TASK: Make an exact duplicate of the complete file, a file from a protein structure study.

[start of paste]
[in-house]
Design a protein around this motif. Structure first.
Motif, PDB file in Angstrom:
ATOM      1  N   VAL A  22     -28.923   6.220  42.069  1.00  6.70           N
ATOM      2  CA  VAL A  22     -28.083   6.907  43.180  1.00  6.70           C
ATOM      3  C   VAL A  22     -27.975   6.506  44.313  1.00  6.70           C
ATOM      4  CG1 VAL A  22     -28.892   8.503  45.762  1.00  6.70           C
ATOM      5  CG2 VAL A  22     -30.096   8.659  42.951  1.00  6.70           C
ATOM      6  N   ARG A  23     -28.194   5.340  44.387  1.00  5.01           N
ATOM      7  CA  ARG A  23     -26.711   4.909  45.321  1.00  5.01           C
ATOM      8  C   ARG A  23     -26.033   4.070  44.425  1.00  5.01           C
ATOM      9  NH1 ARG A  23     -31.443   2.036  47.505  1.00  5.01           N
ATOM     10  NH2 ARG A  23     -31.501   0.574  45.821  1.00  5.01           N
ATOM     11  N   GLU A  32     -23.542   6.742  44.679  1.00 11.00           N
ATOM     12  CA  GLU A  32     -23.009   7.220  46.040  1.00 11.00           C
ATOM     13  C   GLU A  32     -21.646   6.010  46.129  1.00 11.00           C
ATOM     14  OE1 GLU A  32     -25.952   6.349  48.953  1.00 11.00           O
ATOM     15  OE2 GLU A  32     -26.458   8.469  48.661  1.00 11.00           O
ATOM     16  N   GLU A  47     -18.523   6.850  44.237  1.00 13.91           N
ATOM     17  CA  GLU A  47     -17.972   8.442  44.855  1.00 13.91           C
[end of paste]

[in-house]
Design a protein around this motif. Structure first.
Motif, PDB file in Angstrom:
ATOM      1  N   VAL A  22     -28.923   6.220  42.069  1.00  6.70           N
ATOM      2  CA  VAL A  22     -28.083   6.907  43.180  1.00  6.70           C
ATOM      3  C   VAL A  22     -27.975   6.506  44.313  1.00  6.70           C
ATOM      4  CG1 VAL A  22     -28.892   8.503  45.762  1.00  6.70           C
ATOM      5  CG2 VAL A  22     -30.096   8.659  42.951  1.00  6.70           C
ATOM      6  N   ARG A  23     -28.194   5.340  44.387  1.00  5.01           N
ATOM      7  CA  ARG A  23     -26.711   4.909  45.321  1.00  5.01           C
ATOM      8  C   ARG A  23     -26.033   4.070  44.425  1.00  5.01           C
ATOM      9  NH1 ARG A  23     -31.443   2.036  47.505  1.00  5.01           N
ATOM     10  NH2 ARG A  23     -31.501   0.574  45.821  1.00  5.01           N
ATOM     11  N   GLU A  32     -23.542   6.742  44.679  1.00 11.00           N
ATOM     12  CA  GLU A  32     -23.009   7.220  46.040  1.00 11.00           C
ATOM     13  C   GLU A  32     -21.646   6.010  46.129  1.00 11.00           C
ATOM     14  OE1 GLU A  32     -25.952   6.349  48.953  1.00 11.00           O
ATOM     15  OE2 GLU A  32     -26.458   8.469  48.661  1.00 11.00           O
ATOM     16  N   GLU A  47     -18.523   6.850  44.237  1.00 13.91           N
ATOM     17  CA  GLU A  47     -17.972   8.442  44.855  1.00 13.91           C